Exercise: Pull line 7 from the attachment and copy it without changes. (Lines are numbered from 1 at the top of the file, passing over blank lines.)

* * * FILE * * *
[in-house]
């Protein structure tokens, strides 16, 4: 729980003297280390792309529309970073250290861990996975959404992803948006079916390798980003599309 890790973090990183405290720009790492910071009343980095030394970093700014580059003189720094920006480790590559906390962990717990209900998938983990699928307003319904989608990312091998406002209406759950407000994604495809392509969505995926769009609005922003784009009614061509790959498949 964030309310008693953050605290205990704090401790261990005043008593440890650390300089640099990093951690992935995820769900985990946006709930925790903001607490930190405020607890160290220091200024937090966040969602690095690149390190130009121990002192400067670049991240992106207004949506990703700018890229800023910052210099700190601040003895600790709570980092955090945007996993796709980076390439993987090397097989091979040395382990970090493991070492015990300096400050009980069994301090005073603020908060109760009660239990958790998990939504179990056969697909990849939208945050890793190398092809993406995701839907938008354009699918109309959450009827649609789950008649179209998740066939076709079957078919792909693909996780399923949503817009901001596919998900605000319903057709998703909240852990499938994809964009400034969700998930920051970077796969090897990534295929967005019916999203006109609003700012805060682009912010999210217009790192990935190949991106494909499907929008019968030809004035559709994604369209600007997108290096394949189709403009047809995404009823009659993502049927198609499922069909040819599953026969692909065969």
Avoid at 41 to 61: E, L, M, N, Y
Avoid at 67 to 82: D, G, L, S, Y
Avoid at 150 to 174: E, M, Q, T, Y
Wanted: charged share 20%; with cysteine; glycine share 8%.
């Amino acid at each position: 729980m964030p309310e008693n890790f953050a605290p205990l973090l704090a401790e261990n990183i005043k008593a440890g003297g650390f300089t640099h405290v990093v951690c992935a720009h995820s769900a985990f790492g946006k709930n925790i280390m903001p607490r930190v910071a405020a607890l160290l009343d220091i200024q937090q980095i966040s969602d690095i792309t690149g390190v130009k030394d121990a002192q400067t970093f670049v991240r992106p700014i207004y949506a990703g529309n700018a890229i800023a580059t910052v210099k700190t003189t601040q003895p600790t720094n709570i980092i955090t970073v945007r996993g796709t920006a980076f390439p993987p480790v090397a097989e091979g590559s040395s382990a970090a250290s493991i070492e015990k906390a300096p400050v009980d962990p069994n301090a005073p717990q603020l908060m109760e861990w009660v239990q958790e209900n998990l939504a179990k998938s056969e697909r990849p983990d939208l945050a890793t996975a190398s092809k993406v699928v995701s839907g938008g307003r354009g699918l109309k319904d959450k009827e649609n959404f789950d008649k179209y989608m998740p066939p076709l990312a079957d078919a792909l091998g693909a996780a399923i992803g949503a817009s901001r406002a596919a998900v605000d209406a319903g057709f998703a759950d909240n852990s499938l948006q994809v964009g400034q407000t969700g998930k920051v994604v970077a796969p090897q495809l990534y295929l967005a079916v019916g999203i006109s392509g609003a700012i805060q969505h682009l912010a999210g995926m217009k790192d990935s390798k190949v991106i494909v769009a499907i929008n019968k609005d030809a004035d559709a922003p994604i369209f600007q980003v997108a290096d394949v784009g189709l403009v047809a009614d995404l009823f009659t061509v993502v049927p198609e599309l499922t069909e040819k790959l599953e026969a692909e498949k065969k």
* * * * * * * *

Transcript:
């Amino acid at each position: 729980m964030p309310e008693n890790f953050a605290p205990l973090l704090a401790e261990n990183i005043k008593a440890g003297g650390f300089t640099h405290v990093v951690c992935a720009h995820s769900a985990f790492g946006k709930n925790i280390m903001p607490r930190v910071a405020a607890l160290l009343d220091i200024q937090q980095i966040s969602d690095i792309t690149g390190v130009k030394d121990a002192q400067t970093f670049v991240r992106p700014i207004y949506a990703g529309n700018a890229i800023a580059t910052v210099k700190t003189t601040q003895p600790t720094n709570i980092i955090t970073v945007r996993g796709t920006a980076f390439p993987p480790v090397a097989e091979g590559s040395s382990a970090a250290s493991i070492e015990k906390a300096p400050v009980d962990p069994n301090a005073p717990q603020l908060m109760e861990w009660v239990q958790e209900n998990l939504a179990k998938s056969e697909r990849p983990d939208l945050a890793t996975a190398s092809k993406v699928v995701s839907g938008g307003r354009g699918l109309k319904d959450k009827e649609n959404f789950d008649k179209y989608m998740p066939p076709l990312a079957d078919a792909l091998g693909a996780a399923i992803g949503a817009s901001r406002a596919a998900v605000d209406a319903g057709f998703a759950d909240n852990s499938l948006q994809v964009g400034q407000t969700g998930k920051v994604v970077a796969p090897q495809l990534y295929l967005a079916v019916g999203i006109s392509g609003a700012i805060q969505h682009l912010a999210g995926m217009k790192d990935s390798k190949v991106i494909v769009a499907i929008n019968k609005d030809a004035d559709a922003p994604i369209f600007q980003v997108a290096d394949v784009g189709l403009v047809a009614d995404l009823f009659t061509v993502v049927p198609e599309l499922t069909e040819k790959l599953e026969a692909e498949k065969k």